International Relations - Current Affairs, June 2016 UPSC Notes | EduRev

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Current Affairs : International Relations - Current Affairs, June 2016 UPSC Notes | EduRev

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INTERNATIONAL/INDIA AND WORLD

2.1. INDIA-AFRICA

President Mukherjee paid visit to 3 African nations - Ghana, Cote d’Ivoire (Ivory Coast) and Namibia.

A. INDIA-IVORY COAST
It was the first visit of an Indian president since the establishment of diplomatic relations between the two countries in 1960. India had established its Embassy in Abidjan in 1979, while Cote d’Ivoire (also called as Ivory Coast) opened its Resident Mission here in 2004.

Highlights of visit
 President Mukherjee has been accorded the country’s highest honour, Grand Cross National Order.
 Inked an agreement to re-establish the headquarters of the Exim Bank in Abidjan.
 Trade: bilateral trade grew from $344.99 million in 2010-11 to $841.85 million in 2014-15.
 Cote D’Ivoirie, the world’s largest producer of cocoa, sought investment from India’s private sector, particularly in processing the main ingredient in chocolates, to strengthen trade ties.
 It is the biggest exporter of cashew nuts to India, which procures nearly 80% of its cashew nuts exports.
 India, within the rubric of South-South Cooperation, has extended lines of credit amounting to USD 156.3 million for developmental projects in diverse fields such as public transportation, rural electrification, rice self-sufficiency, cashew nut processing, coconut fibre processing and IT and Bio-technology Park.

B. INDIA-GHANA
It was first ever visit of Indian President to Ghana. India and Ghana signed three bilateral agreements to strengthen co-operation in varied fields.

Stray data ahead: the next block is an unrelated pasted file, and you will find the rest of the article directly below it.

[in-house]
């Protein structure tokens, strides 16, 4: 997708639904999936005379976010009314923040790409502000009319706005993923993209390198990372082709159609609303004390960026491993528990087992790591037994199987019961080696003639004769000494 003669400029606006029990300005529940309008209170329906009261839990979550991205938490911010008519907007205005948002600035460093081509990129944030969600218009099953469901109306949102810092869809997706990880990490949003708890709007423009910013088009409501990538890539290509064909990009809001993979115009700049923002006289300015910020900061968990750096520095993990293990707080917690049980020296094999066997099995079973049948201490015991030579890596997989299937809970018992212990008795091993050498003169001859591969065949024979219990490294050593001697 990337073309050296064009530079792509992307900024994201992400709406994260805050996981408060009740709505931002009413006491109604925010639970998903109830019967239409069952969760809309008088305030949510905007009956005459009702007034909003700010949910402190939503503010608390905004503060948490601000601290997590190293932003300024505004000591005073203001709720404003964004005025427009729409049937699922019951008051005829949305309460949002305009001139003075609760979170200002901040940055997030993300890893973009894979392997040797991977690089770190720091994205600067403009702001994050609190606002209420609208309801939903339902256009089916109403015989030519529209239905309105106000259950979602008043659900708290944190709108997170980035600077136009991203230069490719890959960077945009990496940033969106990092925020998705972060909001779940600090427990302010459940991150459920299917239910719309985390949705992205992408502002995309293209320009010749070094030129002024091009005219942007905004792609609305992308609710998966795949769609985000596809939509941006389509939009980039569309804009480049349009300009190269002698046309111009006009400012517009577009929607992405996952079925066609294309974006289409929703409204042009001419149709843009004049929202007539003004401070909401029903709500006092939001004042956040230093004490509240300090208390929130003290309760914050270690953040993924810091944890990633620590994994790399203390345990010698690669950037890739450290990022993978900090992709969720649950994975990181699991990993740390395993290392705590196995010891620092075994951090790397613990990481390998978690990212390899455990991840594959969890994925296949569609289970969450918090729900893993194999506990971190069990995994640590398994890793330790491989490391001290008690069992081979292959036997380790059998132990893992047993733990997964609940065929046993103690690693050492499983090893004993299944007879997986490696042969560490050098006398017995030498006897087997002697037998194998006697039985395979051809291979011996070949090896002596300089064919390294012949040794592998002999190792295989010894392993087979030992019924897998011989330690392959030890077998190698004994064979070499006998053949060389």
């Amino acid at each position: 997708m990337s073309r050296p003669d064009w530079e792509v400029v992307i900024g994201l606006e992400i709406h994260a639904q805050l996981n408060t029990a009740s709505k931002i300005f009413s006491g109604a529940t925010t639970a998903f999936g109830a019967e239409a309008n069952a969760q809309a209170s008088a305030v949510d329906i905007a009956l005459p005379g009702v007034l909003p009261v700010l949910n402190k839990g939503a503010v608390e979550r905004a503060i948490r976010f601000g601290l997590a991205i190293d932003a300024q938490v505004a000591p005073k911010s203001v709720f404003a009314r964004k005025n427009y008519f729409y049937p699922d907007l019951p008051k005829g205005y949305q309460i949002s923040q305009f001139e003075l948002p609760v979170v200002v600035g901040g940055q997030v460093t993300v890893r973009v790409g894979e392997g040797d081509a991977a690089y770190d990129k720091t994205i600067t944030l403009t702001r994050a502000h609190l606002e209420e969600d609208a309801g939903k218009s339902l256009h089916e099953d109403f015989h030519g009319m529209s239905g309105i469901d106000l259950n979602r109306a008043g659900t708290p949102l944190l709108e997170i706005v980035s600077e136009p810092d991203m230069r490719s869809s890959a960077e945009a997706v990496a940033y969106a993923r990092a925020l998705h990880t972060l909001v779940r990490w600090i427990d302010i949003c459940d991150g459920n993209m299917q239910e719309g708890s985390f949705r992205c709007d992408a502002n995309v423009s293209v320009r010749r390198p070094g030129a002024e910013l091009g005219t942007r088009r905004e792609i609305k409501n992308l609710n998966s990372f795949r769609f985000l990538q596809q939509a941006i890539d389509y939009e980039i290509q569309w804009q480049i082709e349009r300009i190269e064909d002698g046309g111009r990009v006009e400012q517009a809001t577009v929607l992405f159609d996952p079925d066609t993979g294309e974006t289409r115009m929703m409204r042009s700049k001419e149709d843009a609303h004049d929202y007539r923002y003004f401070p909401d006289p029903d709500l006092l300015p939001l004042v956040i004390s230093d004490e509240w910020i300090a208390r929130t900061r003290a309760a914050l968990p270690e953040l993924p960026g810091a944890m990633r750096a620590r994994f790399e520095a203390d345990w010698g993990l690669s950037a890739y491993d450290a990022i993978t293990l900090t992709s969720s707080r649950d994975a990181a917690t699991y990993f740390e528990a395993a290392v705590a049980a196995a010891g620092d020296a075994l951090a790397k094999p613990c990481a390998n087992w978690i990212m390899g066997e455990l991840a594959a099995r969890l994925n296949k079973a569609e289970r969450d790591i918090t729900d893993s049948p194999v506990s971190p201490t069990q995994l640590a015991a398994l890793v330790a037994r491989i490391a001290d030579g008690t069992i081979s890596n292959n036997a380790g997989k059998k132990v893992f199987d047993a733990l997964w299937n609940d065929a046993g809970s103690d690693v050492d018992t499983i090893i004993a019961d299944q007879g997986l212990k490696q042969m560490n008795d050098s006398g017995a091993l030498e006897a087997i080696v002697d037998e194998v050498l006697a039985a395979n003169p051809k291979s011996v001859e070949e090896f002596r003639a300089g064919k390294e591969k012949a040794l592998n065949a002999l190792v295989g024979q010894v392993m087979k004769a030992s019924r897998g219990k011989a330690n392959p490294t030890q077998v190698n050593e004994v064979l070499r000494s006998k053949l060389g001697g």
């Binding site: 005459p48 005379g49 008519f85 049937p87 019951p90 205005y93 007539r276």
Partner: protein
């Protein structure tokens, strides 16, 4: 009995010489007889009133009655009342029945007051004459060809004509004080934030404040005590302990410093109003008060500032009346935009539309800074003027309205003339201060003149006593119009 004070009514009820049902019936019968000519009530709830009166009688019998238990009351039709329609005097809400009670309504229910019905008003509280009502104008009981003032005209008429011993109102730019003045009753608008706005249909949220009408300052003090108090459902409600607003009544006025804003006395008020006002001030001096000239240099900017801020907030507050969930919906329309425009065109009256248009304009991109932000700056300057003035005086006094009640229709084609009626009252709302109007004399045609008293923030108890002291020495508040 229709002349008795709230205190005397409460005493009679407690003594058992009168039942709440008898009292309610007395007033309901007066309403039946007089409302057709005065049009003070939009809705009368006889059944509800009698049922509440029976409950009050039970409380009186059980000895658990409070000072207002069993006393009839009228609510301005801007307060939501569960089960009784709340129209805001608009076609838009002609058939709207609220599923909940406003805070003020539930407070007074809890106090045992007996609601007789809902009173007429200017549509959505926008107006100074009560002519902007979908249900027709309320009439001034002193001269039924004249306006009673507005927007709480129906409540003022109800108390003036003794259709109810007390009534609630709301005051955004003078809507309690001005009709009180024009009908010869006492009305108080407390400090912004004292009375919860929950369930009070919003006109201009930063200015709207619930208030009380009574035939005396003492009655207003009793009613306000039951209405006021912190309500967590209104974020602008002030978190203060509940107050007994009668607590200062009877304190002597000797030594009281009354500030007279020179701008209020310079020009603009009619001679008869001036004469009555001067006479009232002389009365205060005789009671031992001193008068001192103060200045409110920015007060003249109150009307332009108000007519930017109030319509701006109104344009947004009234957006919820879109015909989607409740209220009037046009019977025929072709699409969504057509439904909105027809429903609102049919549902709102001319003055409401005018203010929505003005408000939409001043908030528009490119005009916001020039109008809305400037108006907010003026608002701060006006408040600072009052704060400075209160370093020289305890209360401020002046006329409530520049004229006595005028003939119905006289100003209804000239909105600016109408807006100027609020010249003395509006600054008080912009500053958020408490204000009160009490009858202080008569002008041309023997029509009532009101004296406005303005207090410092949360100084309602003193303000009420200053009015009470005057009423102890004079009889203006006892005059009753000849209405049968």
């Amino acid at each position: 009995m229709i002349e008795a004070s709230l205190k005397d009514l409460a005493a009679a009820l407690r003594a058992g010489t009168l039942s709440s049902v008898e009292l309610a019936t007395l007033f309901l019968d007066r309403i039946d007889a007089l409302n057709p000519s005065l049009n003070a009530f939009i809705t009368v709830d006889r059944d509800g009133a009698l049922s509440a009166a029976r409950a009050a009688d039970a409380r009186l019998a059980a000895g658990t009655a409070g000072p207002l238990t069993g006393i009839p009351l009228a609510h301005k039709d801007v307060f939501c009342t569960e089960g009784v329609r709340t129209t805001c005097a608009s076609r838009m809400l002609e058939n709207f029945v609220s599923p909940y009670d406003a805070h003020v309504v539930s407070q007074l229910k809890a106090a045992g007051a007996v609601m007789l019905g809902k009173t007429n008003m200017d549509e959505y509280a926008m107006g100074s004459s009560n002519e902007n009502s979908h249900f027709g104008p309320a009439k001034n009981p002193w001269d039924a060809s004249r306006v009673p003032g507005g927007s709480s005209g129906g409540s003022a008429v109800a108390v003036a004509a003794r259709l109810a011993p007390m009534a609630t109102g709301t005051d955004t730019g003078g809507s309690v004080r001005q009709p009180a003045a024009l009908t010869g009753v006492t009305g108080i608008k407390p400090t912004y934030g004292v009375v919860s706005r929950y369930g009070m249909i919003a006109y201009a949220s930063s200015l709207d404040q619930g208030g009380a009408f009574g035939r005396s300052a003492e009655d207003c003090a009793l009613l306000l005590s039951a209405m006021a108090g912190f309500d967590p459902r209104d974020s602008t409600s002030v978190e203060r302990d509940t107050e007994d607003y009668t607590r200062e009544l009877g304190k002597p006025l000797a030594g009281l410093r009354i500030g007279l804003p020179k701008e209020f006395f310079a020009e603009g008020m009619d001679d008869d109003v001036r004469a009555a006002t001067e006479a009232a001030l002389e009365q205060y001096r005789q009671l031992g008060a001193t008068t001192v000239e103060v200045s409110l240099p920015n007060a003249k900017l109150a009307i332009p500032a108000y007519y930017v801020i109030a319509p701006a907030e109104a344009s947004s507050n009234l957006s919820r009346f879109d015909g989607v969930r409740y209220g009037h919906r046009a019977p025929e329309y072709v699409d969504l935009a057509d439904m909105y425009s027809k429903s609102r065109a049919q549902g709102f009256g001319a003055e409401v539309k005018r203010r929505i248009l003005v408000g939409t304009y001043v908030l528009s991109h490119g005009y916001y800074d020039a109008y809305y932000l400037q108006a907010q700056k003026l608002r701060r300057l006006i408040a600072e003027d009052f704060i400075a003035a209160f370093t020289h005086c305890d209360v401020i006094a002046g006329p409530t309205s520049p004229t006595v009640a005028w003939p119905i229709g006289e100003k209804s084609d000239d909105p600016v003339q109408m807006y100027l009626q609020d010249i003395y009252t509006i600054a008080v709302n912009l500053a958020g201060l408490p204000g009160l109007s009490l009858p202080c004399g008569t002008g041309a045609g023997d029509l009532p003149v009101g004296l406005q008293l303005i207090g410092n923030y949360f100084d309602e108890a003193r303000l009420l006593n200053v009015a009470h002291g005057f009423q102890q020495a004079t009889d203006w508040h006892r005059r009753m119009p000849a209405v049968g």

Following are list of agreements/MoUs
 Agreement on exemption from visa requirement for holders of diplomatic and official passports.
 Memorandum of understanding on the establishment of a joint commission.
 The commission will periodically review various aspects of the multi-dimensional ties.
 MoUs between the Foreign Service Institute (India) and Ministry of Foreign Affairs (Ghana).

Nuclear cooperation
Ghana has sought India’s civil nuclear cooperation to explore the possibilities of reducing its dependence on traditional energy sources to cut costs and focus on cleaner environment.

Trade relation
 India’s cumulative investments in Ghana hover around $1 billion, whereas bilateral trade is $3 billion in 2015-16.
 Ghana's main trade consists of gold imports; it's nearly 80 per cent of total trade.
 India is the largest foreign investor in Ghana, with more than 700 projects. More than 200 of these are in the manufacturing sector.
 India intends to expand its bilateral trade with Ghana from 3 to 5 billion in the next three years.

Cooperation in other fields

 India would establish a Chair on Indian Studies in the University of Ghana, Accra. It will be funded by the Indian Council for Cultural Relations (ICCR).

 India is supporting many major socio-economic projects such as Komenda Sugar Plant and Elmina Fish Processing Plant by way of grants and Lines of credit.

 India has also approved a Line of Credit for setting up a Foreign Policy Training Institute.

C. INDIA-NAMIBIA
During President’s visit following MoUs have been signed.
 MoU on Establishment of a Centre of Excellence in Information Technology (CEIT).
 MoU concerning technical cooperation in the area of capacity building of public officials.

Nuclear cooperation
 Namibia signed an agreement with India in 2009 for uranium supply. The treaty sets the framework for long term supply of uranium but it is pending ratification by Namibian Parliament.
 Namibia being a member of the African Nuclear Weapon-Free Zone Treaty (ANWFZT), it is barred from trading in uranium with India, which is not a signatory of Nuclear Non-Proliferation Treaty (NPT).  Namibia is the fourth largest producer of uranium.
 Namibia asked New Delhi to come up with similar agreements with other countries to help it convince the ANWFZT members.